Groundcover - Pachysandra/Japanese Spurge - (with video)

ProPlugger Co - Monday, December 03, 2012

planting pachysandra Japanese spurgeYou might say that pachysandra (Pachysandra terminalis), aka Japanese spurge, is the tough guy in the neighborhood. Once established, pachysandra can take a beating: from the kid’s dropped bikes, drought, you name it. Pachysandra is one of the most common ground covers used in zones 4 and above.

Native to Japan, this evergreen shrubby looking plant has been in this country for several decades. It is used extensively by landscapers, especially where erosion is a potential problem. Two of the most common varieties include Green Carpet and Green Sheen. Both varieties have waxy, glossy leaves. Another popular variety, ‘Variegata,’ aka Silver Edge, bears clean, white marginal mottling on the leaves. It is much slower growing than the other varieties. Most varieties grow to a height of 10-12.”

How to Plant Pachysandra (video)

Like any groundcover, the biggest investment of time and energy is in the planting and establishment phase, particularly keeping weeds from cropping up between the newly planted sprigs. Weeds can be controlled by using a pre-emergent herbicide or by applying a thick layer of straw or wood mulch between the plants. Some folks say it is easier to mulch the area first then push the mulch aside where you need to plant. Pluck any weeds that may poke through the mulch. Once the groundcover is established it will spread into these areas, effectively choking out any future weeds.

when to plant pachysandraWhen to Plant

Plant pachysandra in the early spring or early enough in the fall so it has a chance to establish itself before winter sets in (much like planting a tree or perennial flower in the fall).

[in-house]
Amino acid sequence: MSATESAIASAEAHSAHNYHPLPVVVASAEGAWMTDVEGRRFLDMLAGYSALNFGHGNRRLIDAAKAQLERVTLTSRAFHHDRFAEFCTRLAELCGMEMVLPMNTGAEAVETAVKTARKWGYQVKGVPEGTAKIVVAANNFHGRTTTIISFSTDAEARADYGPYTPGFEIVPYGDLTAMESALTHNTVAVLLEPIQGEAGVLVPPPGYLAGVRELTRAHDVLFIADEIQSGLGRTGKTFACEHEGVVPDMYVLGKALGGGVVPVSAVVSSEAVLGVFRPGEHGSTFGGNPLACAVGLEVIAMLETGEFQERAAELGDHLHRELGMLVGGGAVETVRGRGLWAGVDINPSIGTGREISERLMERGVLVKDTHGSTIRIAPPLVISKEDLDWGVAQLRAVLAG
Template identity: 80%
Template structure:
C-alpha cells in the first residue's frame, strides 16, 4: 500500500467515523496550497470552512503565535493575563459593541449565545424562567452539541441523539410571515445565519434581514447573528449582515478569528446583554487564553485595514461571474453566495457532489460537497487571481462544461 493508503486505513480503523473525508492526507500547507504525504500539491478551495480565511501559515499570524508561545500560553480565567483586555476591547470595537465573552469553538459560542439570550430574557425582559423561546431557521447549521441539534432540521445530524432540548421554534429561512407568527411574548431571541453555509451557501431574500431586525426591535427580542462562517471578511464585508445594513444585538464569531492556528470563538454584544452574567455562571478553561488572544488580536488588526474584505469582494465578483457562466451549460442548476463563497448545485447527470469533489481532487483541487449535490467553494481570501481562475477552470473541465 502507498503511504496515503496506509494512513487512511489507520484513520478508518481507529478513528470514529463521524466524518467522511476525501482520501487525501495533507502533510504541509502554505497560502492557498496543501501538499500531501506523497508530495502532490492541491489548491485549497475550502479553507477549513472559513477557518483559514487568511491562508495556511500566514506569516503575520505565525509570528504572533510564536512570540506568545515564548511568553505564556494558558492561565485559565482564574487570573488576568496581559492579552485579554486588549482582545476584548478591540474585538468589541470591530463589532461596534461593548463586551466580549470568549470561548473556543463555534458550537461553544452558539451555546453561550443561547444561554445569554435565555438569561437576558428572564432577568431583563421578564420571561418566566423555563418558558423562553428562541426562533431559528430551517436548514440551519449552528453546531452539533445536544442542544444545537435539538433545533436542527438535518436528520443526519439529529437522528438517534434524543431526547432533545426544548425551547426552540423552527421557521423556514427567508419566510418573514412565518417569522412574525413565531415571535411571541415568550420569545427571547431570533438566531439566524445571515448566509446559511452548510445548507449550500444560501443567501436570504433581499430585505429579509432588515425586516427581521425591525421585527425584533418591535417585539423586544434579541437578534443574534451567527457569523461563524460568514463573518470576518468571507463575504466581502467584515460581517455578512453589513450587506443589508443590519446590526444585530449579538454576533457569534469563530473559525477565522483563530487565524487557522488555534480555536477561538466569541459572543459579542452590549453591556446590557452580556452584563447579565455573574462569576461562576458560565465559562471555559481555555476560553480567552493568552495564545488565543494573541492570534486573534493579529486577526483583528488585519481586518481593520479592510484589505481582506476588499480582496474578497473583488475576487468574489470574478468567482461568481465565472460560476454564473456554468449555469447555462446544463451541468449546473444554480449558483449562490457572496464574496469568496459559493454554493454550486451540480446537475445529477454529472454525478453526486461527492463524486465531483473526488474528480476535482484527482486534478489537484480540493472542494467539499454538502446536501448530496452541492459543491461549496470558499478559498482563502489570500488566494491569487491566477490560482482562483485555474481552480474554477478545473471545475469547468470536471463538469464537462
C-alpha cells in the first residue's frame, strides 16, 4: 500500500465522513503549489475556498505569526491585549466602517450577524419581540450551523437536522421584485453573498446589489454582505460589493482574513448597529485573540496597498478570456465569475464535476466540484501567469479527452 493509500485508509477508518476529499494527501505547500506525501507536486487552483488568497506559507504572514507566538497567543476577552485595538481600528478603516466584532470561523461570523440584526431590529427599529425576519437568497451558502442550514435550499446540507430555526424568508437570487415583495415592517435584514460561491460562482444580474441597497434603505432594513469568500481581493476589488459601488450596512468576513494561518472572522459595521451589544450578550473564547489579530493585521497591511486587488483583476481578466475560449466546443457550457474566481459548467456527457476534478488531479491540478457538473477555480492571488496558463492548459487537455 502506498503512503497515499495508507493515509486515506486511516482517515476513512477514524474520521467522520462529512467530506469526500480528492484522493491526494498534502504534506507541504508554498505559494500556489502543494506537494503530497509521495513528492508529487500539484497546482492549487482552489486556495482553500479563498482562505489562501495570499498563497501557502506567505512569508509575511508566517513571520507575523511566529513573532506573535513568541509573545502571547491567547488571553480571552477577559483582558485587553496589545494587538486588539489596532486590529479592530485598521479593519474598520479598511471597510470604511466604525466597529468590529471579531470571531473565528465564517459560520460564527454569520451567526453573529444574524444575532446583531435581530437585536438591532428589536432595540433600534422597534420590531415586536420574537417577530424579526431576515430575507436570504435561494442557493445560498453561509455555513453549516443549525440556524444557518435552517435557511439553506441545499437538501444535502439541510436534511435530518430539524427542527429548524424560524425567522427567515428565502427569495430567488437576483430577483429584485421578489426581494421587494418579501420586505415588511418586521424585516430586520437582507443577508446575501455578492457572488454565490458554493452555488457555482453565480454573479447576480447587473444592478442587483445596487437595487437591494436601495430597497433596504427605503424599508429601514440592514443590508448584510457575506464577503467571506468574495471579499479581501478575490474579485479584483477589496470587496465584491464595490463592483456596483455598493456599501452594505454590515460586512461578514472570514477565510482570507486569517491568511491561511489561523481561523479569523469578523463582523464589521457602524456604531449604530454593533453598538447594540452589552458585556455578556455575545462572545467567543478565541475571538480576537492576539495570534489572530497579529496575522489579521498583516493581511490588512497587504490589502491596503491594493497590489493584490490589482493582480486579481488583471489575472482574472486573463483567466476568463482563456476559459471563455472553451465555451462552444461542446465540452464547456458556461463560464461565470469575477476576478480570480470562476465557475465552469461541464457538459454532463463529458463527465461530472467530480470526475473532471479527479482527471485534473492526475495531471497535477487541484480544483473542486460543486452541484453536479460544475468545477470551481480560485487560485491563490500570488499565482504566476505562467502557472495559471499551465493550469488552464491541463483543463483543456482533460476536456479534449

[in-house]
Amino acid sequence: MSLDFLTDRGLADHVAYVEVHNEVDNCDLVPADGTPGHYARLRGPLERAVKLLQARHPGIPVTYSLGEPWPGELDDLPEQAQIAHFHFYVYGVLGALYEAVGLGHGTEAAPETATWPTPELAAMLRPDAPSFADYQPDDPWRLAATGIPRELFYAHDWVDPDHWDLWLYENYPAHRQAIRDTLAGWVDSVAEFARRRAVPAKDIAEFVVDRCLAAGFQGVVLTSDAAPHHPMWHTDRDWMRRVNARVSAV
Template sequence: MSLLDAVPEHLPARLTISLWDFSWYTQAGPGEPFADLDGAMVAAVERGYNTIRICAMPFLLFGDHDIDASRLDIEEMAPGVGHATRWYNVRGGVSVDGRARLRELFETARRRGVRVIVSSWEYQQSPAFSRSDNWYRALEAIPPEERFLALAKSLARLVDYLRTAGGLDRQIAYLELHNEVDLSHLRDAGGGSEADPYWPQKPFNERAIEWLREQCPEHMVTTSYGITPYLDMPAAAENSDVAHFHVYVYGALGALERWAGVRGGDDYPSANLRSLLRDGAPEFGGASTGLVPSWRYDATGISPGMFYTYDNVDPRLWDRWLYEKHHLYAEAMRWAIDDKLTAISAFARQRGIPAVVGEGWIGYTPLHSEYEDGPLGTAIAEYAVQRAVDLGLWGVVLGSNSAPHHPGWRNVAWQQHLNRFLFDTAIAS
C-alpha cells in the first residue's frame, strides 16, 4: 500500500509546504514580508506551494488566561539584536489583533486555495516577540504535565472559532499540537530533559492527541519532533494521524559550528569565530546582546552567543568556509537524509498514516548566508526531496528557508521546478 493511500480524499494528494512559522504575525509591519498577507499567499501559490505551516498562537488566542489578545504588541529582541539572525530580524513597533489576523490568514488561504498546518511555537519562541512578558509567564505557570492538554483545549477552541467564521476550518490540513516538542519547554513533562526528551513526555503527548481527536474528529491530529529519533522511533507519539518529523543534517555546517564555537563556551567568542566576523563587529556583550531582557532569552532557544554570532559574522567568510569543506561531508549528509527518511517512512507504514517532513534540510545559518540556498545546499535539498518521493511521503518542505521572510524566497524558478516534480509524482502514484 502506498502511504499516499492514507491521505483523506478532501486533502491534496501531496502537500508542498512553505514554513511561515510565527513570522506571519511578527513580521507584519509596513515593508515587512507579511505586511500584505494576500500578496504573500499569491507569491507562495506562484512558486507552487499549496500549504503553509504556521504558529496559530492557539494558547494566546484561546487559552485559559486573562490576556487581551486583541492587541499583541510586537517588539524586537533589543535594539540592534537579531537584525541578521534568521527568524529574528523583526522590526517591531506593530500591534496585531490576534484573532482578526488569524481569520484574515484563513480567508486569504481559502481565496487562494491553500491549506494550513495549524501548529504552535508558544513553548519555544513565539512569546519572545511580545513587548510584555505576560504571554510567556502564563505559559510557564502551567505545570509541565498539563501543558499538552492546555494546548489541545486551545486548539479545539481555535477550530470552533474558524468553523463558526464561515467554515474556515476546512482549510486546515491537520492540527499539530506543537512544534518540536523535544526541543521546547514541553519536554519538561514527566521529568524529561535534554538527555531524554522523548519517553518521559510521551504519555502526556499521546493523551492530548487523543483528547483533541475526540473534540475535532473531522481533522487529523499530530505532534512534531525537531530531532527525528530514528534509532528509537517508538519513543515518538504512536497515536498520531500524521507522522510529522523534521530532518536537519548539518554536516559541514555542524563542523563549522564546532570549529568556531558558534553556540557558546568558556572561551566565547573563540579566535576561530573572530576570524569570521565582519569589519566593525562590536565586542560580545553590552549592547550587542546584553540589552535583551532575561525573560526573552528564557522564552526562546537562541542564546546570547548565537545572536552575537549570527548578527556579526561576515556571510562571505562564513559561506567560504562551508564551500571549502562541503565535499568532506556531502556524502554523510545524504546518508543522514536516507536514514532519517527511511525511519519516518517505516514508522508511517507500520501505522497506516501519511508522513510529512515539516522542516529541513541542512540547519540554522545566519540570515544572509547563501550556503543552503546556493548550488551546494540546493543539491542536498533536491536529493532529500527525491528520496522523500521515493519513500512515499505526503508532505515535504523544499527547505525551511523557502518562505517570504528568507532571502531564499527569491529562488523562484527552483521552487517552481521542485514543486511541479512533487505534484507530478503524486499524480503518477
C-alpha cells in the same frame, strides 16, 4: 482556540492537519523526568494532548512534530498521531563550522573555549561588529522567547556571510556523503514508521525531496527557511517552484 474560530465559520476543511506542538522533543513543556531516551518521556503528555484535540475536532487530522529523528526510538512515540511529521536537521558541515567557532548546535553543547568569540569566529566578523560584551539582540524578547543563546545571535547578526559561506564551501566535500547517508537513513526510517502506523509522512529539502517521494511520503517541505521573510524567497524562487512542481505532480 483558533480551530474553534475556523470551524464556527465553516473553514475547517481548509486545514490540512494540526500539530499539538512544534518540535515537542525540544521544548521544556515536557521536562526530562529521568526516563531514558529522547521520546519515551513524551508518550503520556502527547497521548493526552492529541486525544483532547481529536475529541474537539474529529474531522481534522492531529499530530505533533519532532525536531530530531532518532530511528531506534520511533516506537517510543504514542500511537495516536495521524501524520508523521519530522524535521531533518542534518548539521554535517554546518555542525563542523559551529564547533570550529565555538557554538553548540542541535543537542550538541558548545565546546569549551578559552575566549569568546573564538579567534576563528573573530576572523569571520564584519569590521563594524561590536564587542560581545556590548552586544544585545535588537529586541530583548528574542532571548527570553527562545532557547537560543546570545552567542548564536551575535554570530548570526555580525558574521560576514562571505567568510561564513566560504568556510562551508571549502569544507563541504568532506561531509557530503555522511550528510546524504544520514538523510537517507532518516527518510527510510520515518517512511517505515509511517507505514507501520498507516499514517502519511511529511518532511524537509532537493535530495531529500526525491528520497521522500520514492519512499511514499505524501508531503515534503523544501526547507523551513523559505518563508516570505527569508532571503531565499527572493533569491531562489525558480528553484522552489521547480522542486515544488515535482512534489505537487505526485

Where to Plant

Plant in sun or shade in slightly acidic soil with good drainage. Work up the area to be planted first with a rototiller, then mix in about three inches of compost. If planted in full sun, water well until it establishes itself. Pachysandra is hardy in zones 4-7.

Planting Depth

Remove each plant or sprig from the cell packs and plant to the depth it was growing in the cell pack (usually 3"-4").


Space pachysandra plugs 6-8 inches apart.

ProPlugger Pointer

The versatile ProPlugger 5-IN-1 will make planting pachysandra plugs much easier, while sparing a lot of uncomfortable bending over or kneeling...and it's so easy to use:

  • Slide one of the 2" or 4" depth rings provided onto the end of the ProPlugger to set the depth of the planting hole.
  • Next, step down on the sturdy foot-peg, letting your body weight and gravity do most of the work.
  • Give the handlebar a slight twist to break the soil plug loose and pull straight up to remove a plug of soil. You've just dug your planting hole in less than 5 seconds! The soil gets stored in the tool as you work and when it's full, simply turn the tool upside down and it empties right out.

Take me to the 5-IN-1 product page


Mix in a 5-10-15 or organic fertilizer before you plant. A light feeding in the spring (of a general purpose 12-12-12 or organic fertilizer) each year thereafter should be sufficient to keep the plants healthy and spreading like it should.

Disease and Pest Problems

This plant is susceptible to a few different fungal diseases. Prevention is the key to controlling any type of fungus disease. Plant pachysandra in well-drained soil in a location with good air circulation. A small patch could be treated with a fungicide early in the season. Scale, an insect pest, can also be a problem. Minor outbreaks can be ignored. Major outbreaks may require removing the plants and discarding in the dumpster.

Be sure to check out the helpful information on our website, including other uses for the ProPlugger including:

  1. Bulb planter
  2. Bedding (& annual flower) planter
  3. Weeding tool
  4. Ground cover planter
Neil Moran is a horticulturist and author of three books on gardening. He is also the creator and author of the garden blog North Country Gardening.